Politicizing Tribes’ Power Firesback

In the Kuwaiti case, as well as in Qatar, authorities turning against the tribes had contradictory tools, in which bureaucrats created a societal concept that divided between members of tribes and urban or rural inhabitants. Following this division, another layer was added: the national identity, which, counterintuitively, was also divisive rather than inclusive. At the time of the legislation, many groups, despite having peripheral influence, continued to influence this division without any accountability from the government. They went as far as calling for legislation that divided people based on “indigenous” or “naturalized” citizenship. In the case of Qatar, these calls have created a division in the country, only shortly after the exemplary unity between the government and society in the face of the 2017 siege of Qatar by three GCC states.

Today, a new trend is developing among Gulf authorities, who have increasingly imagined that they can recruit tribal influence and control it as they wish. In return, some of these tribes have received this intention with an increase of tribal sentiments and pride. These changes prove today that the tribes are flexible and effective political entities, and dealing with tribes on the basis of division and marginalization is a strategically unsound concept.

We must also remember that women’s vote in Kuwait’s past elections has shown a surprising degree of effectiveness. Across the board, women have committed to vote for the most capable candidates for the benefit of society, regardless of the candidates’ tribal identities. However, women’s vote might change quickly to a vote along tribal lines if authorities continue to target and marginalize members of their tribes. The continued discriminatory policies against particular tribes are extremely important for tribal unity and could be a decisive factor in diverting women’s votes into tribal commitments rather than a commitment to voting for a candidate that promotes women’s rights.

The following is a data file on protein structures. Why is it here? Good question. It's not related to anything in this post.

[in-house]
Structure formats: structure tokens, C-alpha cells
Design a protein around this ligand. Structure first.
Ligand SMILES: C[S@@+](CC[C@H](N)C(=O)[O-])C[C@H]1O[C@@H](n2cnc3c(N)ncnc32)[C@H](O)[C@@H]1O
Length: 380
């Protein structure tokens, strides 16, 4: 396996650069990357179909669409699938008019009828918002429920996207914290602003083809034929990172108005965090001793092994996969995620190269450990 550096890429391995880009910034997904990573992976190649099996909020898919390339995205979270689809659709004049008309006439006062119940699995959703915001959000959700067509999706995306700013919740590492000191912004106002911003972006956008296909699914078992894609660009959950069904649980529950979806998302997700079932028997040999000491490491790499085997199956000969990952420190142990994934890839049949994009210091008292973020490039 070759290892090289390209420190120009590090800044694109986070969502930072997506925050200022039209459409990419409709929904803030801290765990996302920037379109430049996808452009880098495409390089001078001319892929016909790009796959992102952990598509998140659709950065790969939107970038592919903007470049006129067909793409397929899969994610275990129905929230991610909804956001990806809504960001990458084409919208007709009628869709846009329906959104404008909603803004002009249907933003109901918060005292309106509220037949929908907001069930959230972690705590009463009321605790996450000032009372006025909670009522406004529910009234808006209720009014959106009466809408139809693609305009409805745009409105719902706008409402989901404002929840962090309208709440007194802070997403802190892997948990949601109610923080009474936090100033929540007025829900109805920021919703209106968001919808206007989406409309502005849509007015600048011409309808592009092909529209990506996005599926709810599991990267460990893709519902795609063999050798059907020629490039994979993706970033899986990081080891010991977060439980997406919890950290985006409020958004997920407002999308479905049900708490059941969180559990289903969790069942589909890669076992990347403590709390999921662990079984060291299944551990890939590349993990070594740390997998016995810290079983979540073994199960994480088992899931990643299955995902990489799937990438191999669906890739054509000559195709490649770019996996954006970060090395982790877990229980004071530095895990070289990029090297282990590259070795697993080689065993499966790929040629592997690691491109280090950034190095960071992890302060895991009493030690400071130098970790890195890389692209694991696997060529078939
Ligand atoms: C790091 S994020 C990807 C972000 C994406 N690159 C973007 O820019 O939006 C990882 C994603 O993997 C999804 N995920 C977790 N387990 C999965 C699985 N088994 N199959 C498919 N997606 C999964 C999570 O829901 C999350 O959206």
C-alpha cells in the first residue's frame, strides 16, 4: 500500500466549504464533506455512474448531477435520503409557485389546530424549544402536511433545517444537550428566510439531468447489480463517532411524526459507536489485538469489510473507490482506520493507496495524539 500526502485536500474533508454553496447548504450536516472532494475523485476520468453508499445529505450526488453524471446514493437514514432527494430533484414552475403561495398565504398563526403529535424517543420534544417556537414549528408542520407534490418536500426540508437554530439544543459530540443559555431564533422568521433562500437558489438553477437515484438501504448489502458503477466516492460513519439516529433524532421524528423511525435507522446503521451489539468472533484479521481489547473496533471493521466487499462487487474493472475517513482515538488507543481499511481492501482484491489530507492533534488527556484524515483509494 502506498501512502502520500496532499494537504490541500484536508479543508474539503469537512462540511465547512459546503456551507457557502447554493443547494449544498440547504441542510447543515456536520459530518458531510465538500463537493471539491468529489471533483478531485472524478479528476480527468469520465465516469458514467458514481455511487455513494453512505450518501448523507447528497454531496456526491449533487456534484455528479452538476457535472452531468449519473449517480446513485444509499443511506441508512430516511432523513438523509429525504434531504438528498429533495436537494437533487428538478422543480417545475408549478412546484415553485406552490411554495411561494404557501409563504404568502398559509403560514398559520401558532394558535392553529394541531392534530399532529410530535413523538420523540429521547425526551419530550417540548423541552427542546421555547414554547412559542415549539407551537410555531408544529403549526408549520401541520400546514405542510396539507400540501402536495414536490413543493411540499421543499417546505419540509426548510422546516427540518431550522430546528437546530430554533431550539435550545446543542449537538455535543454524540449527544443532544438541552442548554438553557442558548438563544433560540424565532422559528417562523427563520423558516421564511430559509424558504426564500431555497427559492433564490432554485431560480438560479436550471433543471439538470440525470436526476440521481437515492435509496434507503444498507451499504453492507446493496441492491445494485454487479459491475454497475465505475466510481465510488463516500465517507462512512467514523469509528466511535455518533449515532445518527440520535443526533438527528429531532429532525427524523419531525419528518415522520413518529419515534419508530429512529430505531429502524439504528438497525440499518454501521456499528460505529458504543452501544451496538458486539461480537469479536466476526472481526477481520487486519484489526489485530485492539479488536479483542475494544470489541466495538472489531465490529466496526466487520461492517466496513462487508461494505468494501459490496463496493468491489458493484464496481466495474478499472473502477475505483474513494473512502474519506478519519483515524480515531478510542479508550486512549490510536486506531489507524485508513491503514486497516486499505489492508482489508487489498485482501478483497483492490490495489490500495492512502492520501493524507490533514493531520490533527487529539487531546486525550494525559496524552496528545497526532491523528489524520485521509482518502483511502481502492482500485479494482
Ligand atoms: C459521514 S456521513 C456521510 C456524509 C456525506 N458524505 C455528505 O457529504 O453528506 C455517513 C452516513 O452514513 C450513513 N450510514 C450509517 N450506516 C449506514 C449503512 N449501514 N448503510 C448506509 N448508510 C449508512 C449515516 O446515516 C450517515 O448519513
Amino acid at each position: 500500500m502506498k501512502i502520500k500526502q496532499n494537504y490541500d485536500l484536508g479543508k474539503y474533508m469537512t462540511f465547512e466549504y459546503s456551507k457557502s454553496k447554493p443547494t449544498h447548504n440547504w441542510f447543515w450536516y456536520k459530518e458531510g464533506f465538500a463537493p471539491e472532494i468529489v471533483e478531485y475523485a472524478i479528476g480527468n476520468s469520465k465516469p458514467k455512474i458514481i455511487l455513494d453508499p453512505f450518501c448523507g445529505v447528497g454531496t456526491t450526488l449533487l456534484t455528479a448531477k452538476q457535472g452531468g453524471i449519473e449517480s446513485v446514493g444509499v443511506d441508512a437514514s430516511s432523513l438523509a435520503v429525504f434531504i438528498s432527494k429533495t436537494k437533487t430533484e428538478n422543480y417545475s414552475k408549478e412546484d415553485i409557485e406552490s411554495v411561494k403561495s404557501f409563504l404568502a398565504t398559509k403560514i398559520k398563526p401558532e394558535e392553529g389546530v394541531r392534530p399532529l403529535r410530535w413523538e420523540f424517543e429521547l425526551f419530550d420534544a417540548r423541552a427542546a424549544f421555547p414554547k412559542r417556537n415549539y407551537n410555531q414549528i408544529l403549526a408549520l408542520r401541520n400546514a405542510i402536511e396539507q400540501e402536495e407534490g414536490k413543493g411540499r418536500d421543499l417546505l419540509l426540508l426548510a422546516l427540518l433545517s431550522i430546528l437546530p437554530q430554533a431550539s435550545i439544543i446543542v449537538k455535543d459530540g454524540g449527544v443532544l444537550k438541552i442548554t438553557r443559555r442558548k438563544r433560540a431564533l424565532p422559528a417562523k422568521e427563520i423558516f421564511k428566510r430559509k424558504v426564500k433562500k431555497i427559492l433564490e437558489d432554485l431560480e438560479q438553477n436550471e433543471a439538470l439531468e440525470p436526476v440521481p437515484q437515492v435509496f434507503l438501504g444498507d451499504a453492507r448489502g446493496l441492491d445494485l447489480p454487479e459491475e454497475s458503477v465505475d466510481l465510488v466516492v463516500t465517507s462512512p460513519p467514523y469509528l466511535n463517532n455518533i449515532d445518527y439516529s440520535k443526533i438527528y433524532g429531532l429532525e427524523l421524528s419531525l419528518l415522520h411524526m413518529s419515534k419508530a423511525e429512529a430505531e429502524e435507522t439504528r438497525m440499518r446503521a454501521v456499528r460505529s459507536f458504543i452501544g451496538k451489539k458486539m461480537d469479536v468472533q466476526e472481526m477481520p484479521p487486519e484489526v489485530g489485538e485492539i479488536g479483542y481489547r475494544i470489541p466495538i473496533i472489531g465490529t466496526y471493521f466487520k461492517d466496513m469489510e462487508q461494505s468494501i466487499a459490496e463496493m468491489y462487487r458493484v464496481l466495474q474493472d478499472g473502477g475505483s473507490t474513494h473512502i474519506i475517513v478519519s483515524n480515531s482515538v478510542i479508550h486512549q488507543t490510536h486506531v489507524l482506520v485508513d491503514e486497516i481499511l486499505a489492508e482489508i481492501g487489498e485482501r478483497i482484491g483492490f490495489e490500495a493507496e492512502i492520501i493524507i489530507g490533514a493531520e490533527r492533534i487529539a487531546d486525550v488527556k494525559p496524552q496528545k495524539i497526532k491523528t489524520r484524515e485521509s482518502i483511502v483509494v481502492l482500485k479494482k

Probably all practices related to exploiting tribal power or marginalizing particular tribes are mainly promoting prejudices and division for a significant number of citizens, who are also members of state institutions – serving in the army and employed in all government roles. This strategy, if continued, will not lead to societal peace, but only to further conflict and tension.

The views and opinions expressed in this article are those of the authors and do not necessarily reflect the views of Gulf International Forum.

Dr. Abdul Hadi Nasser Al-Ajmi has held many academic and research positions since 2004. He is Assistant Dean for Academic Affairs and Graduate Studies in the College of Arts, Kuwait University, as well as the Head of History Department and the Deanship of Consulting, Training, and Development. Dr. Al-Ajmi is also the Secretary-General of the Kuwaiti Historical Society and member of the Board of Trustees of Dar Al-Athar Al-Islamiyyah, and recently assumed the presidency of the Association of History and Antiquities of the Gulf Cooperation Council countries. Dr. Al-Ajmi’s research interests are in Islamic history, the concept of political and legal systems and their relations with societies. Dr. Al-Ajmi has published more than 30 researches, books, and other publications in English and Arabic in Kuwait, the U.S., Saudi Arabia, Germany, U.K., Egypt, Greece, and other countries. Dr. Al-Ajmi holds Masters of Middle East Studies from the University of Chicago and PhD in Islamic History from Durham University.